With the scrapping of Mitron and Remove China Apps from its Play Store gaining a lot of attention in India, Google on Thursday said that it removed a video app "for a number of technical policy violations", while adding that it also does not allow an app that "encourages or incentivizes users into removing or disabling third-party apps".
Both the apps became immensely popular in India within a short span of time due to the prevailing anti-China sentiment amid border tensions between India and China in Ladakh and calls by Indian activists to boycott Chinese products.
Reports suggested that the Mitron app is a repackaged version of TicTic, which is a TikTok clone.
The Remove China Apps was designed to help users identify applications of Chinese origin.
Without naming the apps, Google hinted that the Mitron app may make a come back on the Play Store once it fixes some technical issues, but the chances of the Remove China Apps are thin.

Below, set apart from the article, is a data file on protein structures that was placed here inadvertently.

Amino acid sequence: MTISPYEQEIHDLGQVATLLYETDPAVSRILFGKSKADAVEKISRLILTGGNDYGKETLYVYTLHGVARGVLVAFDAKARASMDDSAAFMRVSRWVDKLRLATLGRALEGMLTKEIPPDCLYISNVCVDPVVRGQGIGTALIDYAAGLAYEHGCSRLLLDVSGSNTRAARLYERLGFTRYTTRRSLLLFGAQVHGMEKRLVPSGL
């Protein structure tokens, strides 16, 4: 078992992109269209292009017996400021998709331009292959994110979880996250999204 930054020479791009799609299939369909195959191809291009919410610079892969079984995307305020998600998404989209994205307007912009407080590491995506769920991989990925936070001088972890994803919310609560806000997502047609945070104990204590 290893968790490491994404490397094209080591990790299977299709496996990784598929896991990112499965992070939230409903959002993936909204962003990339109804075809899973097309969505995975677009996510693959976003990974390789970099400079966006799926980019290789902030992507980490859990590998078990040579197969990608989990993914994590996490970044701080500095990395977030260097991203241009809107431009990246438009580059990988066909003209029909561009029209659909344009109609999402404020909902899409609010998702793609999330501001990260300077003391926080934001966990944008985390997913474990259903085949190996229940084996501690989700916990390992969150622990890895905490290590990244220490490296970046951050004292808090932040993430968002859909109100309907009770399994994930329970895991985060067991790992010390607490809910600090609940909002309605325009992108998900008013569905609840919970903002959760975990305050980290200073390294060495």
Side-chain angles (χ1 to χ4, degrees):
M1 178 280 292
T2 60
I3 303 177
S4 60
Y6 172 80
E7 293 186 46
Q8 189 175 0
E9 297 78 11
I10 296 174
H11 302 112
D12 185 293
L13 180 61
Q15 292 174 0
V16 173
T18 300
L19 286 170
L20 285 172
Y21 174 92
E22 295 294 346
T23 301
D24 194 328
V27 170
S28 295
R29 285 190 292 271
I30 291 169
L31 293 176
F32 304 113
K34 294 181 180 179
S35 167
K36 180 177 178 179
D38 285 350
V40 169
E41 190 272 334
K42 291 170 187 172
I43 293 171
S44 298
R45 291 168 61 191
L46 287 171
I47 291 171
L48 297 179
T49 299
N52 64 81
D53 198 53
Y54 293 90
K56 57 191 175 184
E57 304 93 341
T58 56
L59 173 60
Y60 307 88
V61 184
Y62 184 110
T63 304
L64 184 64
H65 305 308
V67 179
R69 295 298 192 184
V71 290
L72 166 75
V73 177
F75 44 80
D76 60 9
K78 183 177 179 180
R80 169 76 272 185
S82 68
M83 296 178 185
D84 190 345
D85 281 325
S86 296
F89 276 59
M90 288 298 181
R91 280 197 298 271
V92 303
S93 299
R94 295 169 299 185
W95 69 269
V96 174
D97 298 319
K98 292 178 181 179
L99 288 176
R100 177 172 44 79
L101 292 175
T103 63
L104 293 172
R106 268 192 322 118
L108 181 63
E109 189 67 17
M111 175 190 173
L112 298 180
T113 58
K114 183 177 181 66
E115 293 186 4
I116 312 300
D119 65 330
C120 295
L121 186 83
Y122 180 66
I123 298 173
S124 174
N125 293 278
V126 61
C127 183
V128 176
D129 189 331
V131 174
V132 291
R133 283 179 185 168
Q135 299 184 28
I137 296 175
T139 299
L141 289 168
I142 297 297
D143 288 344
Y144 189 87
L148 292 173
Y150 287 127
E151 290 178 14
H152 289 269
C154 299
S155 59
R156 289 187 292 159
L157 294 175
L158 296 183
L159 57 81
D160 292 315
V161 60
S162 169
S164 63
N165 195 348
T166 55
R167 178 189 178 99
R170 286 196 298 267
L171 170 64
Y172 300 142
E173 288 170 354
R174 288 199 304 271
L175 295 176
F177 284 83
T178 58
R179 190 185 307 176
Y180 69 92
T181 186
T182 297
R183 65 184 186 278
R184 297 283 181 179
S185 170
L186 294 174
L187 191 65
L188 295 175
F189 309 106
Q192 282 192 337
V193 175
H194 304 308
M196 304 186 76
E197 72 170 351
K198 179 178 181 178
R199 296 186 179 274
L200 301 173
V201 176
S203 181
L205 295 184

"We have an established process of working with developers to help them fix issues and resubmit their apps. We''ve given this developer (of the video app) some guidance and once they''ve addressed the issue the app can go back up on Play," Sameer Samat, Vice President, Android and Google Play, said in a statement.
Google said that its Android app store was designed to provide a safe and secure experience for the consumers while also giving developers the platform and tools they need to build sustainable businesses.
Samat said that Google Play recently suspended a number of apps for violating the policy that it does not allow an app that "encourages or incentivizes users into removing or disabling third-party apps or modifying device settings or features unless it is part of a verifiable security service".
"This is a longstanding rule designed to ensure a healthy, competitive environment where developers can succeed based upon design and innovation. When apps are allowed to specifically target other apps, it can lead to behaviour that we believe is not in the best interest of our community of developers and consumers," Samat said.
"We''ve enforced this policy against other apps in many countries consistently in the past - just as we did here," he added.